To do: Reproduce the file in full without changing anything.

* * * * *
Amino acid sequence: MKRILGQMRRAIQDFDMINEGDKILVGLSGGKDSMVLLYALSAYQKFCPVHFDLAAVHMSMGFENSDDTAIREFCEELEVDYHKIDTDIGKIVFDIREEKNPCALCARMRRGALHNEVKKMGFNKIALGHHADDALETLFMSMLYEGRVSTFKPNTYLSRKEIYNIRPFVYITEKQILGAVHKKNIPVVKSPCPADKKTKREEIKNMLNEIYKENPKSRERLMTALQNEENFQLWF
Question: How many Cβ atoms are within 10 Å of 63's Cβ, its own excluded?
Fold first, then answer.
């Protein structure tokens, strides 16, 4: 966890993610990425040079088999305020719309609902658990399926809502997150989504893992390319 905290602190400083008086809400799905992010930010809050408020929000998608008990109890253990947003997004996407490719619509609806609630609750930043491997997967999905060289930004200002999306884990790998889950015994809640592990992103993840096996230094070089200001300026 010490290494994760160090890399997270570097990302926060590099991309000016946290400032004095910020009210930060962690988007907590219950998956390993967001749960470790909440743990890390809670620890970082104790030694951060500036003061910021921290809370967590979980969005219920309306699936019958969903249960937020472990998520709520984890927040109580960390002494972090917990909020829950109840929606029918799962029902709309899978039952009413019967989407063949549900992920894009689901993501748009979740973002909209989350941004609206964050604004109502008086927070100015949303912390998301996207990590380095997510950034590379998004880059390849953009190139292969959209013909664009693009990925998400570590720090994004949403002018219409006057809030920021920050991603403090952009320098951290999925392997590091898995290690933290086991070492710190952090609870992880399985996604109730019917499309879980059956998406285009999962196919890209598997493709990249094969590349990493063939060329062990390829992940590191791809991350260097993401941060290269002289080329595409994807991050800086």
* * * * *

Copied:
Amino acid sequence: MKRILGQMRRAIQDFDMINEGDKILVGLSGGKDSMVLLYALSAYQKFCPVHFDLAAVHMSMGFENSDDTAIREFCEELEVDYHKIDTDIGKIVFDIREEKNPCALCARMRRGALHNEVKKMGFNKIALGHHADDALETLFMSMLYEGRVSTFKPNTYLSRKEIYNIRPFVYITEKQILGAVHKKNIPVVKSPCPADKKTKREEIKNMLNEIYKENPKSRERLMTALQNEENFQLWF
Question: How many Cβ atoms are within 10 Å of 63's Cβ, its own excluded?
Fold first, then answer.
């Protein structure tokens, strides 16, 4: 966890993610990425040079088999305020719309609902658990399926809502997150989504893992390319 905290602190400083008086809400799905992010930010809050408020929000998608008990109890253990947003997004996407490719619509609806609630609750930043491997997967999905060289930004200002999306884990790998889950015994809640592990992103993840096996230094070089200001300026 010490290494994760160090890399997270570097990302926060590099991309000016946290400032004095910020009210930060962690988007907590219950998956390993967001749960470790909440743990890390809670620890970082104790030694951060500036003061910021921290809370967590979980969005219920309306699936019958969903249960937020472990998520709520984890927040109580960390002494972090917990909020829950109840929606029918799962029902709309899978039952009413019967989407063949549900992920894009689901993501748009979740973002909209989350941004609206964050604004109502008086927070100015949303912390998301996207990590380095997510950034590379998004880059390849953009190139292969959209013909664009693009990925998400570590720090994004949403002018219409006057809030920021920050991603403090952009320098951290999925392997590091898995290690933290086991070492710190952090609870992880399985996604109730019917499309879980059956998406285009999962196919890209598997493709990249094969590349990493063939060329062990390829992940590191791809991350260097993401941060290269002289080329595409994807991050800086």